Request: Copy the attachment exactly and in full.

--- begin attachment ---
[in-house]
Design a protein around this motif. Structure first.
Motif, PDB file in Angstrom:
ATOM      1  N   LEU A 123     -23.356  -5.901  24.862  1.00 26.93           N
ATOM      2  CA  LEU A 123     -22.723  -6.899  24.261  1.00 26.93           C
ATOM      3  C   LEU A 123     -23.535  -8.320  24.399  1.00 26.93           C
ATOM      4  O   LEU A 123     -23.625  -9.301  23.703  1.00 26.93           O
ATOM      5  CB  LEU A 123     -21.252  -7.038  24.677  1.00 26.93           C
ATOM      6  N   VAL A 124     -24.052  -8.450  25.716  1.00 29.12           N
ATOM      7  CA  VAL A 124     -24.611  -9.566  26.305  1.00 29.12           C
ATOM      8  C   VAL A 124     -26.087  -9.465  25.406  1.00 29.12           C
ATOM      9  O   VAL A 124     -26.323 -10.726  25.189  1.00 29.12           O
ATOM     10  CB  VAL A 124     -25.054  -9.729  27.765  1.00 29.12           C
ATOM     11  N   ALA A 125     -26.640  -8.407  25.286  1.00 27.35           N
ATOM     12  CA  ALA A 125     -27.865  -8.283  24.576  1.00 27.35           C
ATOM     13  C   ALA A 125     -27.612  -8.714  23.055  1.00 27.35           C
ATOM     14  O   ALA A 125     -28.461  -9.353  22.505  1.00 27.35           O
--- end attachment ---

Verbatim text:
[in-house]
Design a protein around this motif. Structure first.
Motif, PDB file in Angstrom:
ATOM      1  N   LEU A 123     -23.356  -5.901  24.862  1.00 26.93           N
ATOM      2  CA  LEU A 123     -22.723  -6.899  24.261  1.00 26.93           C
ATOM      3  C   LEU A 123     -23.535  -8.320  24.399  1.00 26.93           C
ATOM      4  O   LEU A 123     -23.625  -9.301  23.703  1.00 26.93           O
ATOM      5  CB  LEU A 123     -21.252  -7.038  24.677  1.00 26.93           C
ATOM      6  N   VAL A 124     -24.052  -8.450  25.716  1.00 29.12           N
ATOM      7  CA  VAL A 124     -24.611  -9.566  26.305  1.00 29.12           C
ATOM      8  C   VAL A 124     -26.087  -9.465  25.406  1.00 29.12           C
ATOM      9  O   VAL A 124     -26.323 -10.726  25.189  1.00 29.12           O
ATOM     10  CB  VAL A 124     -25.054  -9.729  27.765  1.00 29.12           C
ATOM     11  N   ALA A 125     -26.640  -8.407  25.286  1.00 27.35           N
ATOM     12  CA  ALA A 125     -27.865  -8.283  24.576  1.00 27.35           C
ATOM     13  C   ALA A 125     -27.612  -8.714  23.055  1.00 27.35           C
ATOM     14  O   ALA A 125     -28.461  -9.353  22.505  1.00 27.35           O